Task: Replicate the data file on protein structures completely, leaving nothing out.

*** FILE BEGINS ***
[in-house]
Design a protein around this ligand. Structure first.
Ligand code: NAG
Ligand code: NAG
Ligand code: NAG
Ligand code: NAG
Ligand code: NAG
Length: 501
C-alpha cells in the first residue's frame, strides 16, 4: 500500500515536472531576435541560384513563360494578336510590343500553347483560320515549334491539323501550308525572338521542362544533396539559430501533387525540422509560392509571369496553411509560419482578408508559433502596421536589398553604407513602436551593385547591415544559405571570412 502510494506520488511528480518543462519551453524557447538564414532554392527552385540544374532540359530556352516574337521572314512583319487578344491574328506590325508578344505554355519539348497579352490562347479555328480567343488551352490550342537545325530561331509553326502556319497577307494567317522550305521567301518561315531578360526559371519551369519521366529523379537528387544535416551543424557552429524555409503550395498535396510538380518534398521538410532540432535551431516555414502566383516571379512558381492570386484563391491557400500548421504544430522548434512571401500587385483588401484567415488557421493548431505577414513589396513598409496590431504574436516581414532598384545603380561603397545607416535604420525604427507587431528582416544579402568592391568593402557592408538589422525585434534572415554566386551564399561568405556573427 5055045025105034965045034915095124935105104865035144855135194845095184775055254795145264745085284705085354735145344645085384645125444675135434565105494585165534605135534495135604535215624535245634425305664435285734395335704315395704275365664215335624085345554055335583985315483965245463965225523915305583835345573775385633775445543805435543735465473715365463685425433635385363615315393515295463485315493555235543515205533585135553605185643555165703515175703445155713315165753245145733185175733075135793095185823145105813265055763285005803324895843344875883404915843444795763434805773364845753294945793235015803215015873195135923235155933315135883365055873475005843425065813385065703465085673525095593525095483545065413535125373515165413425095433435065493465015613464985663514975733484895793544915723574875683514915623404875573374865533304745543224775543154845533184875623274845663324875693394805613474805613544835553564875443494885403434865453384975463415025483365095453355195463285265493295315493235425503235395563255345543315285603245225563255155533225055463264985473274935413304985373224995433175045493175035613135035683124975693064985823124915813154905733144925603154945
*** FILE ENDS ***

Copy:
[in-house]
Design a protein around this ligand. Structure first.
Ligand code: NAG
Ligand code: NAG
Ligand code: NAG
Ligand code: NAG
Ligand code: NAG
Length: 501
C-alpha cells in the first residue's frame, strides 16, 4: 500500500515536472531576435541560384513563360494578336510590343500553347483560320515549334491539323501550308525572338521542362544533396539559430501533387525540422509560392509571369496553411509560419482578408508559433502596421536589398553604407513602436551593385547591415544559405571570412 502510494506520488511528480518543462519551453524557447538564414532554392527552385540544374532540359530556352516574337521572314512583319487578344491574328506590325508578344505554355519539348497579352490562347479555328480567343488551352490550342537545325530561331509553326502556319497577307494567317522550305521567301518561315531578360526559371519551369519521366529523379537528387544535416551543424557552429524555409503550395498535396510538380518534398521538410532540432535551431516555414502566383516571379512558381492570386484563391491557400500548421504544430522548434512571401500587385483588401484567415488557421493548431505577414513589396513598409496590431504574436516581414532598384545603380561603397545607416535604420525604427507587431528582416544579402568592391568593402557592408538589422525585434534572415554566386551564399561568405556573427 5055045025105034965045034915095124935105104865035144855135194845095184775055254795145264745085284705085354735145344645085384645125444675135434565105494585165534605135534495135604535215624535245634425305664435285734395335704315395704275365664215335624085345554055335583985315483965245463965225523915305583835345573775385633775445543805435543735465473715365463685425433635385363615315393515295463485315493555235543515205533585135553605185643555165703515175703445155713315165753245145733185175733075135793095185823145105813265055763285005803324895843344875883404915843444795763434805773364845753294945793235015803215015873195135923235155933315135883365055873475005843425065813385065703465085673525095593525095483545065413535125373515165413425095433435065493465015613464985663514975733484895793544915723574875683514915623404875573374865533304745543224775543154845533184875623274845663324875693394805613474805613544835553564875443494885403434865453384975463415025483365095453355195463285265493295315493235425503235395563255345543315285603245225563255155533225055463264985473274935413304985373224995433175045493175035613135035683124975693064985823124915813154905733144925603154945